It's 1991 and Hannah Dexter is making her way through high school in Battle Creek, Pennsylvania, trying to fit in without attracting too much of the ire of queen bee and mean girl Nikki Drummond.
Then two things happen: The school is shaken when Nikki's boyfriend Craig, a popular high school athlete, is found shot dead in the woods, an apparent suicide, and Hannah meets Lacey Champlain, the school renegade.
Hannah and Lacey bond over their mutual outsider status, and Hannah quickly becomes malleable clay in Lacey's hands: She renames her Dex, introduces her to Doc Martens and Kurt Cobain, and pushes her further and further away from good-girl status into wild-child terrain: drinking, sneaking out and even dabbling in quasi-Satanism.
Author Robin Wasserman depicts the all-consuming, borderline obsessive nature of teenage friendships with a deft touch in "Girls on Fire." Chapters labeled "Us" alternately tell the story of Lacey and Dex's deepening bond and increasingly reckless behavior from each of their perspectives.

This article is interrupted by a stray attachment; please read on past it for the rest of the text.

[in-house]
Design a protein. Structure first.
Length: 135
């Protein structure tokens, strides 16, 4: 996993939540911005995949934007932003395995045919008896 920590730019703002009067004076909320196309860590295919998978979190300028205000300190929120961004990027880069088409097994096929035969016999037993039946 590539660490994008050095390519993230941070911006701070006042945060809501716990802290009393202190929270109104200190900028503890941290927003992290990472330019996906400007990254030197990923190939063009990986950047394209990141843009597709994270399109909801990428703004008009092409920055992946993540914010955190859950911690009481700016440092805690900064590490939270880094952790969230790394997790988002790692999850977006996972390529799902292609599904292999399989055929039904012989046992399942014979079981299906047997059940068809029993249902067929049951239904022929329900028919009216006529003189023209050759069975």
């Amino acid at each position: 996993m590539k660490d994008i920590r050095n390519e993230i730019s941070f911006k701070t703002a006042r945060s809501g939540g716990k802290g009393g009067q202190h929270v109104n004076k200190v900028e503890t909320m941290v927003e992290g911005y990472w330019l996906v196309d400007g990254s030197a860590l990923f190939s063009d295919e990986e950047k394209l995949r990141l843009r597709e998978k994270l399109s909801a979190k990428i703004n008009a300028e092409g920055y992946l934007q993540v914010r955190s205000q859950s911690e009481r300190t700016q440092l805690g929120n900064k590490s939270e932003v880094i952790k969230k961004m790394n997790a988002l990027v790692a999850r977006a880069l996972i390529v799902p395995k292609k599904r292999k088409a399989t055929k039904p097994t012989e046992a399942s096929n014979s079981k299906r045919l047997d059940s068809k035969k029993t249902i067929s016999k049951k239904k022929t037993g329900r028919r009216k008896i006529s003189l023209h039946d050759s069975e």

It turns out nothing is quite what is seems. Wasserman turns the usual high school stereotypes — the good girl, the popular girl, the outcast — by revealing unexpected relationships between the characters.
The novel moves into shakier terrain when it expands beyond the world of Lacey and Dex into chapters told from the point of view of Hannah's parents. And while the characters have more depth than their high school stereotypes initially suggest, they never quite feel fully fleshed out, either.
"Girls on Fire" depicts the dark side of teen years in a vein that echoes movies like "Heathers" and the high-school noir novels of Megan Abbott.
As the book progresses, Lacey and Dex's combustible friendship erupts into a fight, culminating in a disastrous party, and alliances begin to shift among Lacey, Dex and Nikki.
Though at times more smoke than sizzle, "Girls on Fire" is an enveloping page-turner that could be a good beach read for those who like some darkness with their sun rays.